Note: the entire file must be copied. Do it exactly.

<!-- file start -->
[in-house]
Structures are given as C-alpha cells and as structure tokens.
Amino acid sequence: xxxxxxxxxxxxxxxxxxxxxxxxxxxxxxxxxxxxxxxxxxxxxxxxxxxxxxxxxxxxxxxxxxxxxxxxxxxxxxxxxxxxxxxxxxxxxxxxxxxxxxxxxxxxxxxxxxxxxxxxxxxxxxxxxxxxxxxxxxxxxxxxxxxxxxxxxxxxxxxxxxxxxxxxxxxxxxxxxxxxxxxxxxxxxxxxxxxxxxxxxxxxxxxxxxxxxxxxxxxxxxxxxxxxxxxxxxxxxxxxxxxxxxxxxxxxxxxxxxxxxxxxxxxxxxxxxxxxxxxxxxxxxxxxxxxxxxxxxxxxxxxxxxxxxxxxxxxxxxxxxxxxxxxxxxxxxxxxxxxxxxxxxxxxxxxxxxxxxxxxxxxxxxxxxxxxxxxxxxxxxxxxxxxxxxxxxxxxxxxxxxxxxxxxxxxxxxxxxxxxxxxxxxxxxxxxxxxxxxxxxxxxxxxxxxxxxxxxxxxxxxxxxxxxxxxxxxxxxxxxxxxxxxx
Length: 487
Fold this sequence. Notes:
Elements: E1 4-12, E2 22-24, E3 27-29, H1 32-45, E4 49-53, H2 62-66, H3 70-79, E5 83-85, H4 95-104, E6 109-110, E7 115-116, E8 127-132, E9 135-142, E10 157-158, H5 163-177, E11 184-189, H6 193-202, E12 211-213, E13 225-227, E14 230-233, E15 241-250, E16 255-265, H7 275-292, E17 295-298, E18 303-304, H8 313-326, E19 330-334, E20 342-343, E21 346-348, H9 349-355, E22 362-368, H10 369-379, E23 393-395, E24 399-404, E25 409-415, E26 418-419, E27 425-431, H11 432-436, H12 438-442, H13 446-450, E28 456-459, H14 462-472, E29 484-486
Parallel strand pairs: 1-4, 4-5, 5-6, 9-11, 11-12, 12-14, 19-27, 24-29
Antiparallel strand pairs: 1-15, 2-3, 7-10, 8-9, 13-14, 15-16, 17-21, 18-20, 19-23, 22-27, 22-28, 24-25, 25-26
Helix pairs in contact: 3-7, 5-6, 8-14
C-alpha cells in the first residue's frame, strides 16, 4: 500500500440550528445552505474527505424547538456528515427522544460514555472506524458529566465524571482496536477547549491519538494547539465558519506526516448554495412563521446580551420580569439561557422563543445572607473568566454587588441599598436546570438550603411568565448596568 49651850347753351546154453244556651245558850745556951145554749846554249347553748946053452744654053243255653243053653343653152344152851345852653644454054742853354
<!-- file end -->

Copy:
[in-house]
Structures are given as C-alpha cells and as structure tokens.
Amino acid sequence: xxxxxxxxxxxxxxxxxxxxxxxxxxxxxxxxxxxxxxxxxxxxxxxxxxxxxxxxxxxxxxxxxxxxxxxxxxxxxxxxxxxxxxxxxxxxxxxxxxxxxxxxxxxxxxxxxxxxxxxxxxxxxxxxxxxxxxxxxxxxxxxxxxxxxxxxxxxxxxxxxxxxxxxxxxxxxxxxxxxxxxxxxxxxxxxxxxxxxxxxxxxxxxxxxxxxxxxxxxxxxxxxxxxxxxxxxxxxxxxxxxxxxxxxxxxxxxxxxxxxxxxxxxxxxxxxxxxxxxxxxxxxxxxxxxxxxxxxxxxxxxxxxxxxxxxxxxxxxxxxxxxxxxxxxxxxxxxxxxxxxxxxxxxxxxxxxxxxxxxxxxxxxxxxxxxxxxxxxxxxxxxxxxxxxxxxxxxxxxxxxxxxxxxxxxxxxxxxxxxxxxxxxxxxxxxxxxxxxxxxxxxxxxxxxxxxxxxxxxxxxxxxxxxxxxxxxxxxxxxxxxxxxxx
Length: 487
Fold this sequence. Notes:
Elements: E1 4-12, E2 22-24, E3 27-29, H1 32-45, E4 49-53, H2 62-66, H3 70-79, E5 83-85, H4 95-104, E6 109-110, E7 115-116, E8 127-132, E9 135-142, E10 157-158, H5 163-177, E11 184-189, H6 193-202, E12 211-213, E13 225-227, E14 230-233, E15 241-250, E16 255-265, H7 275-292, E17 295-298, E18 303-304, H8 313-326, E19 330-334, E20 342-343, E21 346-348, H9 349-355, E22 362-368, H10 369-379, E23 393-395, E24 399-404, E25 409-415, E26 418-419, E27 425-431, H11 432-436, H12 438-442, H13 446-450, E28 456-459, H14 462-472, E29 484-486
Parallel strand pairs: 1-4, 4-5, 5-6, 9-11, 11-12, 12-14, 19-27, 24-29
Antiparallel strand pairs: 1-15, 2-3, 7-10, 8-9, 13-14, 15-16, 17-21, 18-20, 19-23, 22-27, 22-28, 24-25, 25-26
Helix pairs in contact: 3-7, 5-6, 8-14
C-alpha cells in the first residue's frame, strides 16, 4: 500500500440550528445552505474527505424547538456528515427522544460514555472506524458529566465524571482496536477547549491519538494547539465558519506526516448554495412563521446580551420580569439561557422563543445572607473568566454587588441599598436546570438550603411568565448596568 49651850347753351546154453244556651245558850745556951145554749846554249347553748946053452744654053243255653243053653343653152344152851345852653644454054742853354